In PCOS, multiple ‘cysts’ develop in the ovaries.  These ‘cysts’ are follicles which never release their eggs and remain rooted in the ovary.  A common manifestation of this syndrome is absence of ovulation.  In women with PCOS, the ovaries produce higher than normal levels of androgens, or male hormones, which disrupt normal development and release of the egg (National Women’s Health Center, 2010).  The imbalance in female sex hormones can also account for menstrual irregularities, such as mid-cycle bleeding, or long menstrual cycles.

Insulin, a hormone which controls blood sugar levels and carbohydrate/fat metabolism in the body, has also been linked to PCOS.  Specifically, insulin causes body cells to take up sugar (glucose) as an energy source.  A significant number of women with PCOS have high levels of insulin, which appears to increase the production of androgens (National Women’s Health Center, 2010).  High levels of circulating insulin have the potential to develop into insulin resistance.

With insulin resistance, an individual is less able to decrease blood sugar levels, and eventually, the body may become completely desensitized to insulin.  Consequently, insulin desensitization leads to high levels of blood glucose, and excess blood sugar being deposited in fat cells. A typical complaint of many women who suffer from PCOS is significant weight gain and the inability to lose weight, which, according to Futterweit & Ryan (2006), puts these women at a much greater risk for acquiring heart disease and diabetes in the long run.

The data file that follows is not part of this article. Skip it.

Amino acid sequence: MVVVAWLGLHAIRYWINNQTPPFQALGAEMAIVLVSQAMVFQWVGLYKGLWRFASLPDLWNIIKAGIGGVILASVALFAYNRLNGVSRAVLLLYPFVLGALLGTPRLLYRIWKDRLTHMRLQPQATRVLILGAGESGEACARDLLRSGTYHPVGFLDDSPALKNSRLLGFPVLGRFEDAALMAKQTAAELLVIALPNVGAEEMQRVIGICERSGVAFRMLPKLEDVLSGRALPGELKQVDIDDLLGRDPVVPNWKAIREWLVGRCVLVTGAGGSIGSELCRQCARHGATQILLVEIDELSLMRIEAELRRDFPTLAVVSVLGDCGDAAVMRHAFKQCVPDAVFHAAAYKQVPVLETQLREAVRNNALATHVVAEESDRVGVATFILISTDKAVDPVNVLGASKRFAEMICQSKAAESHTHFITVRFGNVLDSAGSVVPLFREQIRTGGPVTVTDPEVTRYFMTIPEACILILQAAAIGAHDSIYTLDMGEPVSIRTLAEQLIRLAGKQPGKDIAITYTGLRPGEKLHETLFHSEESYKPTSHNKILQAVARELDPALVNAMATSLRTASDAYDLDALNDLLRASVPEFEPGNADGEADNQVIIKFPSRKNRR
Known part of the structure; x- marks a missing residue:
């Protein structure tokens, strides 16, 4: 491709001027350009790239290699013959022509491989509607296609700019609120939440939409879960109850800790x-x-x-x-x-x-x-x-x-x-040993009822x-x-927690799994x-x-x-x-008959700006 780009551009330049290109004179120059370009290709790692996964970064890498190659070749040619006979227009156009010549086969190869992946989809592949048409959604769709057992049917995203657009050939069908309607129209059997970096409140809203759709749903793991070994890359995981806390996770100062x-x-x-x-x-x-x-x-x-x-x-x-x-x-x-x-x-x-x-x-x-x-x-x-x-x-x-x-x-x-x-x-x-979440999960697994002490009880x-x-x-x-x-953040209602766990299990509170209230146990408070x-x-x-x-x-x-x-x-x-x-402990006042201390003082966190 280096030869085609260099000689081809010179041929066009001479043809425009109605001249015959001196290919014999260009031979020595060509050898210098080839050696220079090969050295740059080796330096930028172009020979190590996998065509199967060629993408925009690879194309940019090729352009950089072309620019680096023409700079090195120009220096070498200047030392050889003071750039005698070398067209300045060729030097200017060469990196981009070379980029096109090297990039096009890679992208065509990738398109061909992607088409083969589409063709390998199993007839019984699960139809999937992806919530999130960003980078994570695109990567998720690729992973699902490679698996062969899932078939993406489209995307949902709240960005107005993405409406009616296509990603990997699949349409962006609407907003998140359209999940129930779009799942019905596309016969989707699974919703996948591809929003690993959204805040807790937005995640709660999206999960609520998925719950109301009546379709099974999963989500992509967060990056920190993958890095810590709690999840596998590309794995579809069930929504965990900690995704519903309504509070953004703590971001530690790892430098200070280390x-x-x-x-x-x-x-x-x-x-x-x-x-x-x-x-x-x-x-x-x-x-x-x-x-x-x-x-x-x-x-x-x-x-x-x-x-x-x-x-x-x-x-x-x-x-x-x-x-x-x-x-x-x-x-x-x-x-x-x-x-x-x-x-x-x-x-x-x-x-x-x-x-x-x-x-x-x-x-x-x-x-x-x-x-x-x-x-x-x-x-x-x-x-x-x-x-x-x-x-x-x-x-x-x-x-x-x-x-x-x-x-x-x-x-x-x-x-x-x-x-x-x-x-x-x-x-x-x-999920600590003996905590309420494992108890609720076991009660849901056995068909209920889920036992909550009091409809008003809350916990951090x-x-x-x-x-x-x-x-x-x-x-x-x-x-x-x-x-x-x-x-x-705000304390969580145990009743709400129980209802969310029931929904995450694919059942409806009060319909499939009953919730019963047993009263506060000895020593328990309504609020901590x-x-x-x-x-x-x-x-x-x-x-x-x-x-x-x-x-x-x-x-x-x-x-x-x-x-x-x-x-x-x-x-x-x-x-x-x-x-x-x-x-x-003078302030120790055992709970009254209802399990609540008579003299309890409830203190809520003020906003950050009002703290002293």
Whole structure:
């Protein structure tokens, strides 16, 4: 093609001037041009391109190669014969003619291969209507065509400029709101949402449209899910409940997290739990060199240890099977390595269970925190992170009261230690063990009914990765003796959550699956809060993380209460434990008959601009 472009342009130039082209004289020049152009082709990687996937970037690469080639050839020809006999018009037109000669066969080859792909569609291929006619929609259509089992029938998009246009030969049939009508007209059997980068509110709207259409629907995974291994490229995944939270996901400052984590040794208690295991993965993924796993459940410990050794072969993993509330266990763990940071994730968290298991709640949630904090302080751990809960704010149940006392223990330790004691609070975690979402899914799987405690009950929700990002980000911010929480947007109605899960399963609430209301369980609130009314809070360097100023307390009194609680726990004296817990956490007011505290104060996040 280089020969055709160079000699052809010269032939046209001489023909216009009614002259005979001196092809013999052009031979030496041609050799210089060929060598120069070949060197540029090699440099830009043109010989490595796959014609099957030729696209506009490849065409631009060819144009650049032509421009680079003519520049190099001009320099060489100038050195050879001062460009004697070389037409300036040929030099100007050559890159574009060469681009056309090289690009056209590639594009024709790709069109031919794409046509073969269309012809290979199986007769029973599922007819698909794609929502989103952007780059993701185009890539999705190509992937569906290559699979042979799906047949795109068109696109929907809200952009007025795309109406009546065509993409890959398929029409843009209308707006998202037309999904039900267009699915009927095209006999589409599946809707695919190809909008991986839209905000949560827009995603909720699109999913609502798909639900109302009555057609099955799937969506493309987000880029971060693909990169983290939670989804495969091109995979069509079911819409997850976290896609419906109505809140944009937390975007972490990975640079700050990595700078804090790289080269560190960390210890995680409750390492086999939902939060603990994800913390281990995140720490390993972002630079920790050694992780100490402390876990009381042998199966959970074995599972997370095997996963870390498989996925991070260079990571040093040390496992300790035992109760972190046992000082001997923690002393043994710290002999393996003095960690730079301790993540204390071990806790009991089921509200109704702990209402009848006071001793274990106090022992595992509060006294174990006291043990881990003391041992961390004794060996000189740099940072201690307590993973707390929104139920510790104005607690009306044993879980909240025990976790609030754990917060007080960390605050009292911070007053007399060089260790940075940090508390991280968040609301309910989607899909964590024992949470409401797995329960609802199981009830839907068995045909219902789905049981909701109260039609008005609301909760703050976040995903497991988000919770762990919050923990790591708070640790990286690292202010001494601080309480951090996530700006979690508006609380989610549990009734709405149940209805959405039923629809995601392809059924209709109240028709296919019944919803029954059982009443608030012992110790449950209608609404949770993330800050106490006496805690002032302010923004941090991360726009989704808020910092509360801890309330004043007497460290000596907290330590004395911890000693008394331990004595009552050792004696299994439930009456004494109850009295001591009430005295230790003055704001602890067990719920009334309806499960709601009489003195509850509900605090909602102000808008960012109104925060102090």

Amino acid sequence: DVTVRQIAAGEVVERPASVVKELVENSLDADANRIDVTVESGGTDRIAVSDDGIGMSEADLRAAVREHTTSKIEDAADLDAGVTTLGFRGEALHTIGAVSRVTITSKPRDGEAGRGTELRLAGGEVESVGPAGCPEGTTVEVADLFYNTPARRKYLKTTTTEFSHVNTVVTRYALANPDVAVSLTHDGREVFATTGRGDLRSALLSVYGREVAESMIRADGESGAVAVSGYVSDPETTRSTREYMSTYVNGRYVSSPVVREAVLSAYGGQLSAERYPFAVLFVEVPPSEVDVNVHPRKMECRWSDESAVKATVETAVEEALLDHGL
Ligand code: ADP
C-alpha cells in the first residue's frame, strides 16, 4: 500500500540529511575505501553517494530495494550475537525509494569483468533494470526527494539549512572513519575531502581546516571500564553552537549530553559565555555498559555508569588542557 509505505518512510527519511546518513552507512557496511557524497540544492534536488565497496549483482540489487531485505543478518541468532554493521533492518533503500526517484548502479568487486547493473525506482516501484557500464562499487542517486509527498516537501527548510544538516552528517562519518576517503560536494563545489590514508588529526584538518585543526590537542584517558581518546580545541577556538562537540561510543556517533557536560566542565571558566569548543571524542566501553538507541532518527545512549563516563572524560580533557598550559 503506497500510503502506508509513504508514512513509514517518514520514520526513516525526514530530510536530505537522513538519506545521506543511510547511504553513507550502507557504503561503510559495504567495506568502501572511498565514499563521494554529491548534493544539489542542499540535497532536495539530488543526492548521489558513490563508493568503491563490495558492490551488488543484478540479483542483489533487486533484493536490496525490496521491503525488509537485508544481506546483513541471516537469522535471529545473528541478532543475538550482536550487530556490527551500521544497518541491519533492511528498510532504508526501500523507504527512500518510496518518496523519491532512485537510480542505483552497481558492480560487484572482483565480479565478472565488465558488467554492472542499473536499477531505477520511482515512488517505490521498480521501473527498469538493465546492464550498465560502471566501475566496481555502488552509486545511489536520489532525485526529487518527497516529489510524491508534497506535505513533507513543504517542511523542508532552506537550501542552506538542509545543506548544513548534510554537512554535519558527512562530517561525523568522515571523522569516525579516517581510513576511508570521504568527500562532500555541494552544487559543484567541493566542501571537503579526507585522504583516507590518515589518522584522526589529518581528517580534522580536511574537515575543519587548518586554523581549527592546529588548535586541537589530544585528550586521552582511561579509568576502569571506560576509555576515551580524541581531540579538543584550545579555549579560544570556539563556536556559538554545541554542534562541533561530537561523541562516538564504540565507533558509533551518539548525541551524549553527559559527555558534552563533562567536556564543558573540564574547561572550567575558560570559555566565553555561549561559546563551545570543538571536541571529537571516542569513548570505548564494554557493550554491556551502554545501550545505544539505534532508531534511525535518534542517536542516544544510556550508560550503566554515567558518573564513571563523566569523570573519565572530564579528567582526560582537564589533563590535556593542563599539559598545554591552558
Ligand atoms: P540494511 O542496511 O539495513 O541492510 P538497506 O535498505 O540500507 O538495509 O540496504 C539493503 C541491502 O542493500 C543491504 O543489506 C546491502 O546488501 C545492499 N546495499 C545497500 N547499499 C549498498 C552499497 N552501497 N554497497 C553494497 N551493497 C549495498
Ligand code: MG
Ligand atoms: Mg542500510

Signs and symptoms

  • No periods, or periods that are irregular, frequent or heavy
  • Difficulty becoming pregnant
  • Multiple cysts in the ovaries
  • Excess facial and/or body hair
  • Acne on the face and/or body
  • Loss of hair (alopecia)
  • Darkened skin patches
  • Depression
  • Anxiety

If you are experiencing several of the symptoms above, it may be a good idea to complete further health investigations. Diet and nutrition are pivotal factors to control/manage blood sugar levels and maintain a healthy body weight. Elevate’s Integrated GP Sandy Eun and Naturopath and Nutritionist Amanda Harasym specialise in women’s health, working together to bring women’s hormones back into balance.

For more information contact Elevate on 9252 2225 or click here to make a booking.


Bussell G. (2007). Managing pcos for dummies. West Sussex, England: John Wiley & Sons, Ltd. p. 15-22.
Canadian Women’s Health Network (2005). Polycystic ovarian syndrome (pcos). Available at: http://www.cwhn.ca.
Futterweit W, & Ryan, G (2006). A patient’s guide to pcos: understanding and reversing polycystic ovary syndrome. New York: Henry Holt and Company. p. 7-13, 19, 27, 31, 48, 62-73, 80, 139, 160-165, 178, 184-186, 205-207.
United States Department of Health and Human Services: Office on Women’s Health (2010). Polycystic ovarian syndrome (pcos): Frequently asked questions. Available at: http://www.womenshealth.gov.